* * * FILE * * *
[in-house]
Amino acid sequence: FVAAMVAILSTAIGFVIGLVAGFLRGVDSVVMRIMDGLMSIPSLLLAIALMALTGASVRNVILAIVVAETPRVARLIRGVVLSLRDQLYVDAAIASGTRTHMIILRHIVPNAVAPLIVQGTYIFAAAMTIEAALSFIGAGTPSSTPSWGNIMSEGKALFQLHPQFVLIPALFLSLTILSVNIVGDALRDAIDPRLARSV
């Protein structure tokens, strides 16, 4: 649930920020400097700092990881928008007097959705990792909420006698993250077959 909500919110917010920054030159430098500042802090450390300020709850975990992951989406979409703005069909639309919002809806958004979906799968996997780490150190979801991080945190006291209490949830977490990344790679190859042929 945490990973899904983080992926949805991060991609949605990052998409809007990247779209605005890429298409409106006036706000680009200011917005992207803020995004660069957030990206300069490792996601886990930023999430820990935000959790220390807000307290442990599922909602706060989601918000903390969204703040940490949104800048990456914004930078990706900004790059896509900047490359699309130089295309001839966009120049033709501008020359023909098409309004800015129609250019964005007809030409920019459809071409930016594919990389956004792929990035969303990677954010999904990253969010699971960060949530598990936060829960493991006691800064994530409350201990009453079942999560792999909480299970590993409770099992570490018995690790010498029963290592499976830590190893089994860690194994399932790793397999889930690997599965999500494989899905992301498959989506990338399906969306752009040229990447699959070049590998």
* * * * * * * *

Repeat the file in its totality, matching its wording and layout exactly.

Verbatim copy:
[in-house]
Amino acid sequence: FVAAMVAILSTAIGFVIGLVAGFLRGVDSVVMRIMDGLMSIPSLLLAIALMALTGASVRNVILAIVVAETPRVARLIRGVVLSLRDQLYVDAAIASGTRTHMIILRHIVPNAVAPLIVQGTYIFAAAMTIEAALSFIGAGTPSSTPSWGNIMSEGKALFQLHPQFVLIPALFLSLTILSVNIVGDALRDAIDPRLARSV
């Protein structure tokens, strides 16, 4: 649930920020400097700092990881928008007097959705990792909420006698993250077959 909500919110917010920054030159430098500042802090450390300020709850975990992951989406979409703005069909639309919002809806958004979906799968996997780490150190979801991080945190006291209490949830977490990344790679190859042929 945490990973899904983080992926949805991060991609949605990052998409809007990247779209605005890429298409409106006036706000680009200011917005992207803020995004660069957030990206300069490792996601886990930023999430820990935000959790220390807000307290442990599922909602706060989601918000903390969204703040940490949104800048990456914004930078990706900004790059896509900047490359699309130089295309001839966009120049033709501008020359023909098409309004800015129609250019964005007809030409920019459809071409930016594919990389956004792929990035969303990677954010999904990253969010699971960060949530598990936060829960493991006691800064994530409350201990009453079942999560792999909480299970590993409770099992570490018995690790010498029963290592499976830590190893089994860690194994399932790793397999889930690997599965999500494989899905992301498959989506990338399906969306752009040229990447699959070049590998």